Kevin Smith

February 21, 2023

Preparing cities for extreme weather using nature

Four in five cities worldwide are at risk from extreme weather. Nature is a proven front line of defence in efforts to adapt and increase urban resilience.  

People relaxing at cloudburst park with football field
A consequence of our warming planet is that communities worldwide will face more extreme weather events in the future. Ramboll partners with cities around the world to demonstrate the effectiveness of nature-based solutions for climate adaption. Three examples stand out.
Protecting Copenhagen from cloudbursts
In Copenhagen, Ramboll helped redevelop Remisparken, an overlooked urban space that now integrates climate adaptation design elements, lush nature, and outdoor activities into the community. The 35,000 square meter area includes a natural-appearing retention basin to support biodiversity and collect excess water during cloudbursts and is part of the Danish capital’s Cloudburst Masterplan. Among its striking features is a 2,000 cubic metre capacity trench running the length of the park with an elevated walking path for visitors, and a skate park.
World’s longest skatepark doubles as flood defence
In nearby Høje Taastrup, in Denmark’s capital region, our experts not only created beautiful recreational spaces, they helped disguise the area’s rainwater drainage system as the world’s longest skatepark. Rainwater travels through bioretention facilities, the skatepark, and onward to a pond. The collected rainwater then irrigates the surrounding park. During heavy rains, excess rainwater is led from the pond to the skatepark which acts as a detention pond for future community water management.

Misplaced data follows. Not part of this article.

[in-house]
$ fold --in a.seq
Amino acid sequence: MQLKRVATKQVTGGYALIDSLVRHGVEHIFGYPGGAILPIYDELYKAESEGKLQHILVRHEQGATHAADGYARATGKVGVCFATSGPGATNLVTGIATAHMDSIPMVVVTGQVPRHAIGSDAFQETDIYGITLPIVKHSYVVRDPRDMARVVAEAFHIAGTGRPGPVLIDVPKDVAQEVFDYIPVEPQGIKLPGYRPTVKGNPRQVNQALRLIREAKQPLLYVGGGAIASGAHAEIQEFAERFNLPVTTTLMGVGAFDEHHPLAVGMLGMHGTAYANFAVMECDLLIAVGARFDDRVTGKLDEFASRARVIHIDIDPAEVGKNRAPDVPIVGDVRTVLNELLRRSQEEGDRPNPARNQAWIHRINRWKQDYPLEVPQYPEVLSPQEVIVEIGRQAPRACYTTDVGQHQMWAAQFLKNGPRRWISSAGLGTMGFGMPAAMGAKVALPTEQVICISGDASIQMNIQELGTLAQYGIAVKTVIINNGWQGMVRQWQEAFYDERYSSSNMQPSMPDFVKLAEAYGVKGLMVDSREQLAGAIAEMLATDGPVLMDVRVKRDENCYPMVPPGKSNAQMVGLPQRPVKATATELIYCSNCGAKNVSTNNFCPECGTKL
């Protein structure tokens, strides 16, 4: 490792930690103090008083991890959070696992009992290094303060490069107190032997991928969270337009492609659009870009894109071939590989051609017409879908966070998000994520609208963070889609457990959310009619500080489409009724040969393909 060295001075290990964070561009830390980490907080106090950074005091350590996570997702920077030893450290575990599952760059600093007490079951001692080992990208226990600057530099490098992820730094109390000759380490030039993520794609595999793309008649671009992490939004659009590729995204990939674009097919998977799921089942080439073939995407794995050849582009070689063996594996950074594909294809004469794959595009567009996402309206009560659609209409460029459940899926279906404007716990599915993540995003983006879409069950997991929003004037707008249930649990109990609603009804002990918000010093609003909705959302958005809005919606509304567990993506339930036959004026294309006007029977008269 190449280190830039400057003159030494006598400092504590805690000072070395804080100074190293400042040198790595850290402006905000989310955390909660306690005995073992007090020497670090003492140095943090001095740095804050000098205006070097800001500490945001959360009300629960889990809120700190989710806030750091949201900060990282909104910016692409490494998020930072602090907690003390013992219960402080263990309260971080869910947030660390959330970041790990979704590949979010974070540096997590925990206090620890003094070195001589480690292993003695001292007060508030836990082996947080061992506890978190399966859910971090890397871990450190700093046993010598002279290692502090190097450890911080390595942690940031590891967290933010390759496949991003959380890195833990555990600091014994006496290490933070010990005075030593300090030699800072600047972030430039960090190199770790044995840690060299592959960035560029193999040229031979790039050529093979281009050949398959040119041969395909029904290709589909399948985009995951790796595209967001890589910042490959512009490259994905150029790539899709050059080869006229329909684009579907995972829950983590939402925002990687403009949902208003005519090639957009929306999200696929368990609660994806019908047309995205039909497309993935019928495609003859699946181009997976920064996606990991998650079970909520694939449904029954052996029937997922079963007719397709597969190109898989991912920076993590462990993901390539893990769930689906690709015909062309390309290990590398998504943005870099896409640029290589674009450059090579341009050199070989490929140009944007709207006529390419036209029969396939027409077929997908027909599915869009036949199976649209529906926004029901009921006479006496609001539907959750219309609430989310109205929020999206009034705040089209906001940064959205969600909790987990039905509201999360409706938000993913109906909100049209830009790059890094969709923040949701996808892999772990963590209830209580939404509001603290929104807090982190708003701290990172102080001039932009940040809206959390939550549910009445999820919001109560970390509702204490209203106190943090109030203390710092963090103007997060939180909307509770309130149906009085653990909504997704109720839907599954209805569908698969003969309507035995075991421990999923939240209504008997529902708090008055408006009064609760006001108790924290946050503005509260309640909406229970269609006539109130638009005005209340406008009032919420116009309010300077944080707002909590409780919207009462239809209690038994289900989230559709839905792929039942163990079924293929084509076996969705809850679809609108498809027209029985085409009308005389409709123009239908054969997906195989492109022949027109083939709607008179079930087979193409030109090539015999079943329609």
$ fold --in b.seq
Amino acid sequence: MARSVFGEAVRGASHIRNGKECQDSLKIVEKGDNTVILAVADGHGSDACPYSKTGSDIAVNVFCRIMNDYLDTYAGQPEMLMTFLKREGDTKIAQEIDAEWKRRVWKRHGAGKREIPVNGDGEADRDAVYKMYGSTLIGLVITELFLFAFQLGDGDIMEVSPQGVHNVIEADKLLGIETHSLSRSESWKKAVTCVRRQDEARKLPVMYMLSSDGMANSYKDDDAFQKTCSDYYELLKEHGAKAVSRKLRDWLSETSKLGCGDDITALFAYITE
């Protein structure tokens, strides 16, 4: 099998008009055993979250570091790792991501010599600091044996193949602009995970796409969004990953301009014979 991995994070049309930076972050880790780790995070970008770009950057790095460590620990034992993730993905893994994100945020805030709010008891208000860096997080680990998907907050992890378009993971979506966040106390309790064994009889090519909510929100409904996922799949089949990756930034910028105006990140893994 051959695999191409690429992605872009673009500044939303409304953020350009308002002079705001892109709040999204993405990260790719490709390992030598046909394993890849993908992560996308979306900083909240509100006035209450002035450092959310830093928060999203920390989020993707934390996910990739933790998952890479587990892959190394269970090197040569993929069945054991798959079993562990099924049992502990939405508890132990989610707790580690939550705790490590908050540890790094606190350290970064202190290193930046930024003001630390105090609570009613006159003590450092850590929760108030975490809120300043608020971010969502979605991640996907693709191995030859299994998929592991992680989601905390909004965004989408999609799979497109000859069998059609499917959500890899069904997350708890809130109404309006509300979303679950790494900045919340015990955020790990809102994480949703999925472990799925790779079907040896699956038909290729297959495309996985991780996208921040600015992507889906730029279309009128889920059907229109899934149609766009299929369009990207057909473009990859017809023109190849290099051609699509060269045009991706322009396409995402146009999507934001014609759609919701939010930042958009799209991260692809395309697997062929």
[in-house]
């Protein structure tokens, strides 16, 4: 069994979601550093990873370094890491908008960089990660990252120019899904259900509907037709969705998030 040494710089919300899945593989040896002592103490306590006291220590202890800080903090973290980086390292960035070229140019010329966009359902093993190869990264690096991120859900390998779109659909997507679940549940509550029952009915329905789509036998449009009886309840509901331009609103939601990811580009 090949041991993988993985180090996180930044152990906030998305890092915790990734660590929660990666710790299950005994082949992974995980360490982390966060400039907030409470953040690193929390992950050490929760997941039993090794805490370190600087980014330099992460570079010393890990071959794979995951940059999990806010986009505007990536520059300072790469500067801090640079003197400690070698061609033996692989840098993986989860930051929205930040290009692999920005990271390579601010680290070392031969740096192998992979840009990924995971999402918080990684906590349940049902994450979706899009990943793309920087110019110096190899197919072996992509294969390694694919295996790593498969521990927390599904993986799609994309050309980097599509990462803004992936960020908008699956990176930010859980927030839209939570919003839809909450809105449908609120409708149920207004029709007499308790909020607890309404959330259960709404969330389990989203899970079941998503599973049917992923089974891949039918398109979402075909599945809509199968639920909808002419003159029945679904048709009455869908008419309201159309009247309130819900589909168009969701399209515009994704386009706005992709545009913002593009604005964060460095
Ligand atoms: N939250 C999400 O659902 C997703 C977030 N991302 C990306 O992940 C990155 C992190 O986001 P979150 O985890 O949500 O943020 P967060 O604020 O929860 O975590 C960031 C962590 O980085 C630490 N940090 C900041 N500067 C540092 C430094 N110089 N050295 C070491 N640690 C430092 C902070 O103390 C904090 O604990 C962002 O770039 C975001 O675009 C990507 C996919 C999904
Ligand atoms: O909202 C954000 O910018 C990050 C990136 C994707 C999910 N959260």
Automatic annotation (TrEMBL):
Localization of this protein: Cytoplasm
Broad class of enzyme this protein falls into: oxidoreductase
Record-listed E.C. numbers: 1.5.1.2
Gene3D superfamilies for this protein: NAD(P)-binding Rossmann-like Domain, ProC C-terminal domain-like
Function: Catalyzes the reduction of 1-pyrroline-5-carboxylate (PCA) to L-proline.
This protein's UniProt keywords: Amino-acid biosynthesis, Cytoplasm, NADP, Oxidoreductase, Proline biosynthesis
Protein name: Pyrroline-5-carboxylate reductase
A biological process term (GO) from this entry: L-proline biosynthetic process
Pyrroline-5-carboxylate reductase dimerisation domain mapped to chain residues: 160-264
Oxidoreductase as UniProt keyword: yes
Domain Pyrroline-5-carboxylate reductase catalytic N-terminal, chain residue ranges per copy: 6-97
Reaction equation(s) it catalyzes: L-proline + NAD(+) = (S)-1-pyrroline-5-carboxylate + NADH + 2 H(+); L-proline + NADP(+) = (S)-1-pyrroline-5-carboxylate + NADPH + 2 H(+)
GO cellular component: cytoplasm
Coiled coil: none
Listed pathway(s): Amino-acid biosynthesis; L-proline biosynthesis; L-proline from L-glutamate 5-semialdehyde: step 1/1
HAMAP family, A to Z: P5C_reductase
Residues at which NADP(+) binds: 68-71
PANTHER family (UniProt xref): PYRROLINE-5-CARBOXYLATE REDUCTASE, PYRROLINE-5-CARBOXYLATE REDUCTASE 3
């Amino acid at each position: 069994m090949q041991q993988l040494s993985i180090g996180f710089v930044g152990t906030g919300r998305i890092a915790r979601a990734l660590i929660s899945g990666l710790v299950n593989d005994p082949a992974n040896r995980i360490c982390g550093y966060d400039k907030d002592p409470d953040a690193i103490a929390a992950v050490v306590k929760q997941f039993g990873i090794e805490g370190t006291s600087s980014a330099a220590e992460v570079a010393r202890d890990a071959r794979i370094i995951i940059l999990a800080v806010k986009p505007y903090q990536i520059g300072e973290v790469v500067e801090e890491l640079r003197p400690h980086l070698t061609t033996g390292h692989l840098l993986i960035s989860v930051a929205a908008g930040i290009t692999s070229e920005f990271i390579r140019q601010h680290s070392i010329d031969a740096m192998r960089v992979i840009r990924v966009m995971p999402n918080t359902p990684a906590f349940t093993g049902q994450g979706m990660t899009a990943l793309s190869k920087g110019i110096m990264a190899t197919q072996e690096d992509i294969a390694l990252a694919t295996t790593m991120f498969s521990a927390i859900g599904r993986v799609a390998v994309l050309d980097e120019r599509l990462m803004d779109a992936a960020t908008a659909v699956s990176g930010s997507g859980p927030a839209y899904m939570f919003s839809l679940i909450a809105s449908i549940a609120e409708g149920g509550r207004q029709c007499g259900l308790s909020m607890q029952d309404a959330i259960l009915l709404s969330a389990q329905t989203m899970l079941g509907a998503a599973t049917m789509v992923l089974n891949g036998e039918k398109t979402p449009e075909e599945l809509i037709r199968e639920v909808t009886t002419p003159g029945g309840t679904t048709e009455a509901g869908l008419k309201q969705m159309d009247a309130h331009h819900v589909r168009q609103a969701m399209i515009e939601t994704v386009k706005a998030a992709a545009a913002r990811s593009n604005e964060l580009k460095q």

Increasing coastal resilience with native oyster colonies
Meanwhile across the Atlantic, in New York City, Ramboll led construction management on the 700m-long Living Breakwaters Project to prevent erosion and protect Staten Island’s coastline from storm damage, large waves, and flooding.
The breakwaters are designed with an outer layer of ecologically enhanced concrete armour units that improve water quality and restore habitats for marine flora and fauna species, including the once native oysters that have disappeared due to environmental degradation. The oysters filter water and increase water quality, while holding the breakwaters in place. The project is also a step forward for the community after the 2012 Hurricane Sandy damaged the Staten Island shoreline, businesses, homes, and lives.
Nature-based solutions create multiple benefits
"Green infrastructure projects are more effective and typically cheaper to construct than traditional grey infrastructure projects, so it is just a matter of time before they become the norm,” says Kevin Smith, senior construction manager for Living Breakwaters.
“By the end of the decade we will start seeing many more projects like this one come to fruition. The benefits of a project like this will speak for themselves and certainly inspire other local governments to engage in similar nature-based solutions," he adds.
Nature-based solutions not only help protect and restore natural ecosystems and biodiversity, they also offer benefits such as green jobs, resiliency against natural disasters, better public health, and the creation of new recreational spaces for local communities.
Want to know more about nature-based solutions? Contact Kevin Smith, Project Manager at Ramboll.

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